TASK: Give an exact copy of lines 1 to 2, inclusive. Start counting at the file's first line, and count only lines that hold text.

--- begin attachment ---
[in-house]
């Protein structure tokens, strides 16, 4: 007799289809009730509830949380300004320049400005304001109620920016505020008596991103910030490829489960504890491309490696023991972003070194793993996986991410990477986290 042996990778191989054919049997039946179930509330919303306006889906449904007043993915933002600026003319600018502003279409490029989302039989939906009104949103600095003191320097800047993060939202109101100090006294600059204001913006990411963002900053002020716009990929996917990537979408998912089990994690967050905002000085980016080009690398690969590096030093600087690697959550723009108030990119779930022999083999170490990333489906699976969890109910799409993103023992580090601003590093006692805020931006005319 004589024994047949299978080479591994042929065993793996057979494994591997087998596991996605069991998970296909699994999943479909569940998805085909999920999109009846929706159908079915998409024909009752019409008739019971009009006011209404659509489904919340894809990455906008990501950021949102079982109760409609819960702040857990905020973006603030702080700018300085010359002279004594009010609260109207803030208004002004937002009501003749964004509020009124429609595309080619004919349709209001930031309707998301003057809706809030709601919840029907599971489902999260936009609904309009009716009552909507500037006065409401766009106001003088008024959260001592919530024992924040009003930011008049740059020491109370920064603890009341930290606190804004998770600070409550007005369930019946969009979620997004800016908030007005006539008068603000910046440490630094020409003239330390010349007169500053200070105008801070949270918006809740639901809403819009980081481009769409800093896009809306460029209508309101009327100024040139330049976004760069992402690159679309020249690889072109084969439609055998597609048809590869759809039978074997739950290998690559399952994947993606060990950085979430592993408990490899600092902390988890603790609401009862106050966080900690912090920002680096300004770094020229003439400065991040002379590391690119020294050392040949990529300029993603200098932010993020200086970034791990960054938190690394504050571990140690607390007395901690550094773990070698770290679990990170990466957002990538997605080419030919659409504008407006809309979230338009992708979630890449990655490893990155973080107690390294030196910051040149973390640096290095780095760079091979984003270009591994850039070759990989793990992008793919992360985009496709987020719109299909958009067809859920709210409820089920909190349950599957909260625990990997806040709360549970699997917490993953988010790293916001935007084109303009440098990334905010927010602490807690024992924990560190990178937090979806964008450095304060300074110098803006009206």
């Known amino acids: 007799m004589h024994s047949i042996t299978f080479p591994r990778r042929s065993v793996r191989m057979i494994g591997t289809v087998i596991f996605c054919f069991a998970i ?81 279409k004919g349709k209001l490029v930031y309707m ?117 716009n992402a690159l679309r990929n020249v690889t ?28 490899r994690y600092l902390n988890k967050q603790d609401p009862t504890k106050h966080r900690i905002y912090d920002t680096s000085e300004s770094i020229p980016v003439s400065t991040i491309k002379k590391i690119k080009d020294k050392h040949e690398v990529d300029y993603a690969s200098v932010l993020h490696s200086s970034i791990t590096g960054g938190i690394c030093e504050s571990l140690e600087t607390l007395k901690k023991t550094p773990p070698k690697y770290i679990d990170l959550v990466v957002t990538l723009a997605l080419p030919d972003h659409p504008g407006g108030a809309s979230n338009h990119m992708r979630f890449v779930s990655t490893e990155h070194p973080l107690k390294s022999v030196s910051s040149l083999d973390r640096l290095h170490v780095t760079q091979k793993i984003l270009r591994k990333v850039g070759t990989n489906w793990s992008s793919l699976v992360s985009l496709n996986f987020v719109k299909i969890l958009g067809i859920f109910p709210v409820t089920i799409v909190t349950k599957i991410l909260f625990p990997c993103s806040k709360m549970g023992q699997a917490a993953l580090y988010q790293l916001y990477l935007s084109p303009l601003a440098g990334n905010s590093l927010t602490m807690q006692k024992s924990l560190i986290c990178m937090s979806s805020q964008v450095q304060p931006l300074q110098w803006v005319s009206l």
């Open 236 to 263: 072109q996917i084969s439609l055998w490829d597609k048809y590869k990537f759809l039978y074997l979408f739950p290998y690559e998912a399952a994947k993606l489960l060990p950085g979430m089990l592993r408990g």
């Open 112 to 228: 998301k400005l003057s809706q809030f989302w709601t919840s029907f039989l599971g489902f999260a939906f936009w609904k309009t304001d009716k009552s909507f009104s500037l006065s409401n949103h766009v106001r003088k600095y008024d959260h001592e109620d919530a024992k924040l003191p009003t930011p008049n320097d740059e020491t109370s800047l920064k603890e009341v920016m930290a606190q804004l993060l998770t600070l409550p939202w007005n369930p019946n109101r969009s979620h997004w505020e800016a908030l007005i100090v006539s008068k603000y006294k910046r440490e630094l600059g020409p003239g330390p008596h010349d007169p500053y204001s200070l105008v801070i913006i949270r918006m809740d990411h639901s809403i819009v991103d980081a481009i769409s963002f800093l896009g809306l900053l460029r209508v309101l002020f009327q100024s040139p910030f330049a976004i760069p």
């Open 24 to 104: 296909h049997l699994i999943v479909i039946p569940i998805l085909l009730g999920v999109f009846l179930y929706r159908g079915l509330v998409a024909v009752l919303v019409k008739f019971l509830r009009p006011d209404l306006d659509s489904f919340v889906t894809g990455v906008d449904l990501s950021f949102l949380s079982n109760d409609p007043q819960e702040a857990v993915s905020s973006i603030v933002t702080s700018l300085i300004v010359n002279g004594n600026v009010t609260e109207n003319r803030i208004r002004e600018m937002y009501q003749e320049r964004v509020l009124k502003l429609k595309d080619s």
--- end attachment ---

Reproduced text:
[in-house]
């Protein structure tokens, strides 16, 4: 007799289809009730509830949380300004320049400005304001109620920016505020008596991103910030490829489960504890491309490696023991972003070194793993996986991410990477986290 042996990778191989054919049997039946179930509330919303306006889906449904007043993915933002600026003319600018502003279409490029989302039989939906009104949103600095003191320097800047993060939202109101100090006294600059204001913006990411963002900053002020716009990929996917990537979408998912089990994690967050905002000085980016080009690398690969590096030093600087690697959550723009108030990119779930022999083999170490990333489906699976969890109910799409993103023992580090601003590093006692805020931006005319 004589024994047949299978080479591994042929065993793996057979494994591997087998596991996605069991998970296909699994999943479909569940998805085909999920999109009846929706159908079915998409024909009752019409008739019971009009006011209404659509489904919340894809990455906008990501950021949102079982109760409609819960702040857990905020973006603030702080700018300085010359002279004594009010609260109207803030208004002004937002009501003749964004509020009124429609595309080619004919349709209001930031309707998301003057809706809030709601919840029907599971489902999260936009609904309009009716009552909507500037006065409401766009106001003088008024959260001592919530024992924040009003930011008049740059020491109370920064603890009341930290606190804004998770600070409550007005369930019946969009979620997004800016908030007005006539008068603000910046440490630094020409003239330390010349007169500053200070105008801070949270918006809740639901809403819009980081481009769409800093896009809306460029209508309101009327100024040139330049976004760069992402690159679309020249690889072109084969439609055998597609048809590869759809039978074997739950290998690559399952994947993606060990950085979430592993408990490899600092902390988890603790609401009862106050966080900690912090920002680096300004770094020229003439400065991040002379590391690119020294050392040949990529300029993603200098932010993020200086970034791990960054938190690394504050571990140690607390007395901690550094773990070698770290679990990170990466957002990538997605080419030919659409504008407006809309979230338009992708979630890449990655490893990155973080107690390294030196910051040149973390640096290095780095760079091979984003270009591994850039070759990989793990992008793919992360985009496709987020719109299909958009067809859920709210409820089920909190349950599957909260625990990997806040709360549970699997917490993953988010790293916001935007084109303009440098990334905010927010602490807690024992924990560190990178937090979806964008450095304060300074110098803006009206």